On January 31, 1644, Montrose found himself in the middle of the Great Glen near the southern end of Loch Ness with Argyll to the southwest at Inverlochy and Seaforth to the northeast at Inverness. The decision was taken to attack Argyll a quickly as possible.
It was a march of twenty-five to thirty miles down the Great Glen to reach the Campbell forces at Inverlochy. This approach would be heavily watched (and probably contested) so Montose took the daring decision to march in the glens and over passes paralleling the Great Glen to the south. This was a difficult passage in summer but exceptionally rigorous in the winter snows. As it turned out the snow was lighter then usual (although at times Montose’s men were still waist deep in the higher passes). The entire march was completed in thirty-six hours, a rather amazing feat.
While the route is pretty well known, the path of the final approach to Inverlochy is not. Highland traditon has it that Montrose passed to the east of Ben Nevis into the narrow glen of the River Nevis, approaching Inverlochy from the southeast (the red arrow to the right above). Most modern historians, however, believe the approach was along the northern slopes of Ben Nevis which would have Montrose attacking northeast from the Great Glen itself (the red arrow to the left above)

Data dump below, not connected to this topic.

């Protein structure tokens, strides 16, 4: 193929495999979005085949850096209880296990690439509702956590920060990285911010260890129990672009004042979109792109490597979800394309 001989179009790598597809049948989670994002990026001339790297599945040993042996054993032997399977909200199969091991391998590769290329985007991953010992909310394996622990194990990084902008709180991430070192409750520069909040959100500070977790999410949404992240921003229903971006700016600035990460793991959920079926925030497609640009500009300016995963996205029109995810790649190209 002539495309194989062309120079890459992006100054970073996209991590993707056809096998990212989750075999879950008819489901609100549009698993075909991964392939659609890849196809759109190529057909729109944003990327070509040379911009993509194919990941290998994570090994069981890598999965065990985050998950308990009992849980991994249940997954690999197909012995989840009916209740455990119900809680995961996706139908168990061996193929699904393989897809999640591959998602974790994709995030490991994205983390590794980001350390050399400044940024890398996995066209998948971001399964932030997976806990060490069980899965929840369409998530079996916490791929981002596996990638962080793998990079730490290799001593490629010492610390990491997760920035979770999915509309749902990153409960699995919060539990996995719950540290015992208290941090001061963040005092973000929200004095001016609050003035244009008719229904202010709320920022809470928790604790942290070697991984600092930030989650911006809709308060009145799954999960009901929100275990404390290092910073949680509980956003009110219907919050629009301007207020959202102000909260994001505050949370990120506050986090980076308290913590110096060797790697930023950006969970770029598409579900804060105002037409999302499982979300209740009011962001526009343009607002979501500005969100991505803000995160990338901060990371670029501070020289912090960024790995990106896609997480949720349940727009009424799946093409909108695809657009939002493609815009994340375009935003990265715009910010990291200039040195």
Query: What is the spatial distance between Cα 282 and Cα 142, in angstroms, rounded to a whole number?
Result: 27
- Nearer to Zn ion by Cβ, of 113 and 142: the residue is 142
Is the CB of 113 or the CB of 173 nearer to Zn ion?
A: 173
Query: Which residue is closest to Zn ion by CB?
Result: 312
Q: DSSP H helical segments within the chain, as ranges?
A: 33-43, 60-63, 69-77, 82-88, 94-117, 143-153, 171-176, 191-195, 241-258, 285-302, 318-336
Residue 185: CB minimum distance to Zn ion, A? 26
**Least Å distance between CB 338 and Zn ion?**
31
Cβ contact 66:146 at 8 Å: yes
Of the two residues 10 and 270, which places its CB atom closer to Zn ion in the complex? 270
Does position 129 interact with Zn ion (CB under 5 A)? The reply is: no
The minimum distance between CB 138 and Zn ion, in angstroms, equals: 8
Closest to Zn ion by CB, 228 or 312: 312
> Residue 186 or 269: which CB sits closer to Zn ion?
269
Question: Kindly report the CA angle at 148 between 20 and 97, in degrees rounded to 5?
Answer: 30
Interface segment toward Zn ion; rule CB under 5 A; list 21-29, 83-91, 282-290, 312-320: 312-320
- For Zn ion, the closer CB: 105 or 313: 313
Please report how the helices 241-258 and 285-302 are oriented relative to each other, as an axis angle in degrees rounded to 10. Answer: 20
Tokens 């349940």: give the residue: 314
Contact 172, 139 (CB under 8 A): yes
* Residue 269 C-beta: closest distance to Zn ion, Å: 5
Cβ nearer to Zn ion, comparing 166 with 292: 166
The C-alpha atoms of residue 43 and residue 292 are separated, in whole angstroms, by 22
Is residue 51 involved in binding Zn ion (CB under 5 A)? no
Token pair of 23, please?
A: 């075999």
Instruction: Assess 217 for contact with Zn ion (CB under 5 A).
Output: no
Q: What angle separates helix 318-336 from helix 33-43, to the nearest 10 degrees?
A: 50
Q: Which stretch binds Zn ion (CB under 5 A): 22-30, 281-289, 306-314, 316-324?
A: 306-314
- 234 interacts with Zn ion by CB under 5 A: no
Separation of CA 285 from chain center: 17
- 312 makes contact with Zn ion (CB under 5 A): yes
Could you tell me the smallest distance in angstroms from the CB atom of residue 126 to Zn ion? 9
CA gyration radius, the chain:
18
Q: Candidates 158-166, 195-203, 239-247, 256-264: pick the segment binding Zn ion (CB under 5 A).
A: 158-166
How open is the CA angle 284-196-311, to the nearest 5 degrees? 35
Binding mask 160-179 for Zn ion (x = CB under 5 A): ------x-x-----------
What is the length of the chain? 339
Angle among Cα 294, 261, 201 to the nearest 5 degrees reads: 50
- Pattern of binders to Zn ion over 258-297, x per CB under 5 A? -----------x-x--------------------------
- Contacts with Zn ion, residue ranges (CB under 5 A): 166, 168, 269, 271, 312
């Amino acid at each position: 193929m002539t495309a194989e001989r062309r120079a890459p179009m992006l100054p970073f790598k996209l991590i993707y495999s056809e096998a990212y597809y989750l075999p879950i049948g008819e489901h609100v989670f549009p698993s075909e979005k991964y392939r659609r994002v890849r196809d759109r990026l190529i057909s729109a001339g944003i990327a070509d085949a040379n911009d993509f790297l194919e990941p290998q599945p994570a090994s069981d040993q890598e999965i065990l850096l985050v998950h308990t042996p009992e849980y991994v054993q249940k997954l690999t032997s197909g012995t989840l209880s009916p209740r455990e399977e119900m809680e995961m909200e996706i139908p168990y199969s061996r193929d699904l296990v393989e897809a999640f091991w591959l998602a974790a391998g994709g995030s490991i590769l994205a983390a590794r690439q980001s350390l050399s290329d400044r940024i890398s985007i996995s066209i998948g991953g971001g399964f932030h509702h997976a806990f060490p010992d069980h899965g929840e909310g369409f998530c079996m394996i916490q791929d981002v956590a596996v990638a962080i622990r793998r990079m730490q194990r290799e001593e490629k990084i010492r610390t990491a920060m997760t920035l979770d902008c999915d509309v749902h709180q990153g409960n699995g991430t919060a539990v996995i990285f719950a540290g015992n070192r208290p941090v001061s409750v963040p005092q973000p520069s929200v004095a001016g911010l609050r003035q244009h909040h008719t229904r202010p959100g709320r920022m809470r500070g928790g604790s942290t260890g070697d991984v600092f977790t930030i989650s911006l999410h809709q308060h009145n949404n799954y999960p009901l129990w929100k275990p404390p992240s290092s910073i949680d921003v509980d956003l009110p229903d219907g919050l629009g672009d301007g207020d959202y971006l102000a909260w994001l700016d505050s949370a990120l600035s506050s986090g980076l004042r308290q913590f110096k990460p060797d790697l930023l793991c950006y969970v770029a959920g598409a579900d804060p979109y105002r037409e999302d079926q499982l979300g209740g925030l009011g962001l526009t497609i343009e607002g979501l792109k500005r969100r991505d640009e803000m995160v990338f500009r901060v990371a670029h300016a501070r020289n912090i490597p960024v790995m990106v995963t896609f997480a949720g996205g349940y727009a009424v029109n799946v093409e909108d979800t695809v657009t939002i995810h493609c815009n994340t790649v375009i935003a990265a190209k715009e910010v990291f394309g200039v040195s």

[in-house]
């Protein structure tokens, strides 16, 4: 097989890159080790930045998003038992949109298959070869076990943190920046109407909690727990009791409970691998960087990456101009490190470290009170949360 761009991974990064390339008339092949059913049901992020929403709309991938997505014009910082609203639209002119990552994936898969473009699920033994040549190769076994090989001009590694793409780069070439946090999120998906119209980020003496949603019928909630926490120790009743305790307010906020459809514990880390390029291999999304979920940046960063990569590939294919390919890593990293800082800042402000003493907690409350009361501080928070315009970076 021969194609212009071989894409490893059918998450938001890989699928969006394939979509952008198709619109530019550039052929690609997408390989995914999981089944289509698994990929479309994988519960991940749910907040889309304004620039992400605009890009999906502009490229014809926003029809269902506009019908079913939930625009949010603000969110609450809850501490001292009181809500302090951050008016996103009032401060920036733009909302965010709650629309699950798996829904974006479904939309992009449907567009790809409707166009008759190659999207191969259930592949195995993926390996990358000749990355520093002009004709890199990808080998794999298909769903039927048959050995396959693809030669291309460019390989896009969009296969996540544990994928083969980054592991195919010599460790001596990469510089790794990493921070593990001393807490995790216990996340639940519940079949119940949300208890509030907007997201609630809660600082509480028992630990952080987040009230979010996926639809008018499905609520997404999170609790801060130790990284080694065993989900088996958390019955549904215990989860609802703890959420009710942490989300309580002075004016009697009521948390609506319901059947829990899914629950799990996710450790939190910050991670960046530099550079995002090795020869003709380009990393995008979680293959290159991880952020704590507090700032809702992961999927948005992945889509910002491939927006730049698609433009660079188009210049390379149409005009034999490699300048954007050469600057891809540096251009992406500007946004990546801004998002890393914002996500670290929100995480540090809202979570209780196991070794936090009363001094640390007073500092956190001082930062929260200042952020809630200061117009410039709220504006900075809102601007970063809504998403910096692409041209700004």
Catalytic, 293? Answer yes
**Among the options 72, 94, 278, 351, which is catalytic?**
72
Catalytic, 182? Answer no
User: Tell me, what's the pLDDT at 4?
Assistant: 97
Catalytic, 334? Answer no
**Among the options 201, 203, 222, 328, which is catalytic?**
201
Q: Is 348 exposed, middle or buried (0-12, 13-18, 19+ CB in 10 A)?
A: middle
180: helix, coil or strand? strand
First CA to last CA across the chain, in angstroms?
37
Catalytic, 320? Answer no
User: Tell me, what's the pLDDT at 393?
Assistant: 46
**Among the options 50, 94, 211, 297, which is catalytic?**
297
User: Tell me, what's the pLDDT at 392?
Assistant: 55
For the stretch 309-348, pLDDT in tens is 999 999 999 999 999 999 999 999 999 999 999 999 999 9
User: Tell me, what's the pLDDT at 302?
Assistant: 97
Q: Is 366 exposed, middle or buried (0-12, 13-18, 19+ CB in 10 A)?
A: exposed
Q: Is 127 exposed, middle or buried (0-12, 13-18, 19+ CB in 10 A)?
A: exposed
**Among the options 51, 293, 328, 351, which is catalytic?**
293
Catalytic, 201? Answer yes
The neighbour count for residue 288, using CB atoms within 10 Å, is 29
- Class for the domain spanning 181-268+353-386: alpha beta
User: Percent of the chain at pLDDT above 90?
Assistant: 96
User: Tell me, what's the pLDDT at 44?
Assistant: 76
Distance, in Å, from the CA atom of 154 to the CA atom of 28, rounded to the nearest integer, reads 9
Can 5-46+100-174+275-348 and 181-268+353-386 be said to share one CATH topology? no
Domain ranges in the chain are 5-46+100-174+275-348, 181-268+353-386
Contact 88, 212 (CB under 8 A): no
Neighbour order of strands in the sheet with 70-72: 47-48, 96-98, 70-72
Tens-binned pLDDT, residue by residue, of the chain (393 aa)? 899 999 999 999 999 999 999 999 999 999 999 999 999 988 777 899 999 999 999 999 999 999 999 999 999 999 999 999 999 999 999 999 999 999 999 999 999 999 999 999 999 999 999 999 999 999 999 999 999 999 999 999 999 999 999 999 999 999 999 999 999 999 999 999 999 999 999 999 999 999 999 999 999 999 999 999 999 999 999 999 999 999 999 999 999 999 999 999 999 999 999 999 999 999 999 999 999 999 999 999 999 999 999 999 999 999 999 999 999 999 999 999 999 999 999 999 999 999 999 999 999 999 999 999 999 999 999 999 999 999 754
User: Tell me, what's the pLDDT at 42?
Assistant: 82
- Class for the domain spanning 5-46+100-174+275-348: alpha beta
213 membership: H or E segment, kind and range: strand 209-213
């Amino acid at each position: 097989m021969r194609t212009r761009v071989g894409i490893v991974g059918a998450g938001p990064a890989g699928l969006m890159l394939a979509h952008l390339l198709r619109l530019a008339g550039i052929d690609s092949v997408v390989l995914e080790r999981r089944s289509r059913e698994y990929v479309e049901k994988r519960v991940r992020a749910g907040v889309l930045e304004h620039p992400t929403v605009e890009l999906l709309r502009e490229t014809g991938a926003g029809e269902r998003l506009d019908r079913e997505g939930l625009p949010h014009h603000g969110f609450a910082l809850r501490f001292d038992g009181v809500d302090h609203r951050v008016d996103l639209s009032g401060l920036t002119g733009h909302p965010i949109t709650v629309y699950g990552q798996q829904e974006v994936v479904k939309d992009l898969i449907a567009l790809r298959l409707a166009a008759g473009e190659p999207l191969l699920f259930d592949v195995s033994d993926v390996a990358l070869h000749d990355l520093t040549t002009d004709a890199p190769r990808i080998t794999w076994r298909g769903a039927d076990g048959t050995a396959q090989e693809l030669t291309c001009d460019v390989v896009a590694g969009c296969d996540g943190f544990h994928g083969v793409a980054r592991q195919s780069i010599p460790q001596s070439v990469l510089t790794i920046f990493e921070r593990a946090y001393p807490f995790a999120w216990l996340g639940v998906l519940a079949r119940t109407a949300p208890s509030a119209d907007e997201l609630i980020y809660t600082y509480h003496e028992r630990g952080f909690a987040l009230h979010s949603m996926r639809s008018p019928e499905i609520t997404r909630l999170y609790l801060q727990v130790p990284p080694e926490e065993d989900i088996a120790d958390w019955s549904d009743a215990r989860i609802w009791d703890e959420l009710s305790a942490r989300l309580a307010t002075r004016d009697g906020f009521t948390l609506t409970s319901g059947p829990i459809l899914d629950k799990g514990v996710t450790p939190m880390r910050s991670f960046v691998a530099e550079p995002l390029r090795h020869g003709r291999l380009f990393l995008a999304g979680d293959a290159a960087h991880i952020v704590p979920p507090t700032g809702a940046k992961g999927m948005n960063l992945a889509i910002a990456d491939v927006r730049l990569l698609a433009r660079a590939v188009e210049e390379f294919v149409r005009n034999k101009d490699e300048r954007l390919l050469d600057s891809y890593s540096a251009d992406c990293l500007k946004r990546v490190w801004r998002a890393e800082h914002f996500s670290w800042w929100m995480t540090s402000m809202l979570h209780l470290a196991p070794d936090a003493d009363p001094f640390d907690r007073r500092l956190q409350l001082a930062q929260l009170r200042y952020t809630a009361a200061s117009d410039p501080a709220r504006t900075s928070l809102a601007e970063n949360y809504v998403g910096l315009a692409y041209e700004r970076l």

Being a traditionalist I am going to assume the approach through Glen Nevis to be the one used. I think the northern slopes of Ben Nevis would likely be deep in snow, but more importantly, the path along the River Nevis would have a greater chance of catching the Covenanters by surprise. And surprise is largely what happened!
Montrose had screened his force well using advanced parties that prevented Covenenanter scouts from contacting the main body of the army. Apparently whatever encounters did happened were not taken to be a sign of Montrose’s approach but local raiding.
At sunrise on February 2, 1645, the Covenant army was surprised to find the royalist army deploying in to battle array immediately to the east of their position.
In setting up the wargame table, Inverlochy Castle, with heavy woods on the River Lochy side, is situated on the northern edge. Pictured also is the Marquis of Argyll’s private galley on Loch Linnhe to the west of the castle:
The southern edge of the board is marked by the mouth of the River Nevis (the modern location of the village of Inverlochy):
The battle will fought between these landmarks and in the next post I’ll show the battle setup.